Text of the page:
Buying a home is one of the most important financial decisions many people will make in their lives. And it can also be one of the most complex. Even the simple question of what percentage of your income should be safely allocated to a mortgage doesn’t have a single clear answer that applies equally to all situations.
A financial advisor can help you find ways to help you reach your financial goals.
Mortgage payments and income
People and organizations that give home loans are naturally interested in lending money only to people who can afford to pay off the mortgage. To make this determination, they use a variety of methods, particularly debt-to-income ratios.
These parameters are well suited for creating mortgages that can be packaged and sold to investors. And borrowers should keep them in mind when applying for a loan. However, they are not always so helpful to someone who is primarily concerned with their personal financial well-being.
People deciding how much of their own income they can safely spend on a mortgage payment can take a variety of approaches to making this important decision. Here are some of the approaches that many have found useful.
Safe Mortgage Principles
There’s more than one way to calculate the safe percentage of your income you can plan to spend on your mortgage payment. Some approaches are suitable for certain circumstances, while others are better suited to different situations.
Assess your own position and, if possible, use more than one of the following techniques to determine how much of your income you can safely spend on paying for a house. Here are some of the options:
Debt ratio (DTI)
Your lender will usually calculate your debt-to-equity ratio (DTI) and look for a certain outcome to reassure themselves and the investors who will buy your mortgage that you can cover payments while staying current on car loans, student loans , credit cards and other debt payments.
After adding up all your monthly payments, including the mortgage, lenders generally want the total to be no more than 43% of your gross monthly income.
For example, let’s say you have a car payment of $500, you owe a minimum of $175 a month on your credit card, you owe $225 a month for a student loan, and you want to buy a house. with a mortgage payment of $2,000. You will typically need around $6,744 in gross monthly income to qualify for a loan from most lenders.
To figure this out, add up all your debt payments like this: $500 + $175 + $225 + $2,000 = $2,900.
Now divide that by 43: $2,900 / 43 = $6.74419. Multiply this result by 100 to get the monthly gross income required, $6,744.19, for a DTI of 43%.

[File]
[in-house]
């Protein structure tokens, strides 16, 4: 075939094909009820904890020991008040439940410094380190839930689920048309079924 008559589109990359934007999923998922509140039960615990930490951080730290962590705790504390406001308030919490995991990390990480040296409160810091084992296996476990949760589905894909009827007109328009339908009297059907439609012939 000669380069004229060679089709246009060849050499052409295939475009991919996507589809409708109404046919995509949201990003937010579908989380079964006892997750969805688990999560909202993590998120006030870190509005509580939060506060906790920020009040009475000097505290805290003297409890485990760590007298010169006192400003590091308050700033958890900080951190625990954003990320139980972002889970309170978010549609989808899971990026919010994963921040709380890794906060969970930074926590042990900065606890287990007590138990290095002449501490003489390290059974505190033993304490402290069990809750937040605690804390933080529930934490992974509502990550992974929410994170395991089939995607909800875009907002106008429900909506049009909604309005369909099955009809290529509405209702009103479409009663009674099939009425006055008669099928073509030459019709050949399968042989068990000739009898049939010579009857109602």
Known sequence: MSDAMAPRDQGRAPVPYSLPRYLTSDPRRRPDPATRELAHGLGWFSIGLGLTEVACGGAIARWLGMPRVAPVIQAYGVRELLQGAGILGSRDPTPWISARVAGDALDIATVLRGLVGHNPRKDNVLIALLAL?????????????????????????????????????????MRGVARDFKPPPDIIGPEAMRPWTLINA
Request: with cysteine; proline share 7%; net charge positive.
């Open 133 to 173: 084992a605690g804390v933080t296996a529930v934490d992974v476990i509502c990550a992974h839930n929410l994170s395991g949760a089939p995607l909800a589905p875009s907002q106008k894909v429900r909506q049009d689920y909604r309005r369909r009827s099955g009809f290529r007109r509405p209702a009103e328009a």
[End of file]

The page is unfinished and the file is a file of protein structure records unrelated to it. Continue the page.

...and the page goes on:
The 30% rule
Another way to calculate how much of your income you can spend on a mortgage is to simply multiply your gross income by 30%. This will produce a number that you can hypothetically afford to pay for your mortgage each month.
For example, if you earn $5,000 per month, 30% of that amount is $1,500. The calculation looks like this $5,000 x 0.3 = $1,500.
This rule can also be stated as the 28% rule and calculated in the same way. It differs from the DTI because it does not specifically take into account other debt payments you may have.
Income divided by two and a half
You’ll get a slightly different number if you assume your mortgage payment can be two and a half times your gross income. To do this, start with your gross income and divide it by 2.5.
For example, if you earn $5,000 per month, the calculation would be $5,000 x 2.5 = $2,000. This suggests that $2,000 is a safe amount you can commit to your monthly mortgage payment.
This is clearly a more liberal method than the 30% principle and, like it, may not adequately account for other payments you need to make.
Limits of safe mortgage calculations
Every borrower and every mortgage is a little different. While these techniques for calculating what percentage of your income you should be spending on a monthly mortgage payment are useful heuristics, to generate a more reliable figure you’ll need to consider some other variables.
Other important factors include the amount of down payment you make, the amount of closing costs, the type of mortgage, the interest rate, your credit score, and other costs, including fees. association of owners or co-ownership, insurance against risks and property taxes.
It’s generally wise to keep in mind that the amount of money a lender will lend you may be more than you can safely borrow.
You can use more than one method to determine how much of your income you should spend on a mortgage. Lenders will often be happy with a certain debt-to-equity ratio, but that doesn’t mean you’ll be comfortable making the payment. As a general rule, it is advisable to use more than one approach to make this calculation and to strive to include as many aspects of your personal situation as possible.
You might want to consider talking to a financial advisor to make big decisions like buying a home. SmartAsset’s free tool connects you with up to three approved financial advisors in your area, and you can interview your advisors for free to decide which one is right for you. If you’re ready to find an advisor who can help you achieve your financial goals, start now.
After deciding how much of your income you can spend on a mortgage, it is necessary to determine the amount of the mortgage payment on a given property. You can do this using SmartAsset’s Mortgage Calculator.
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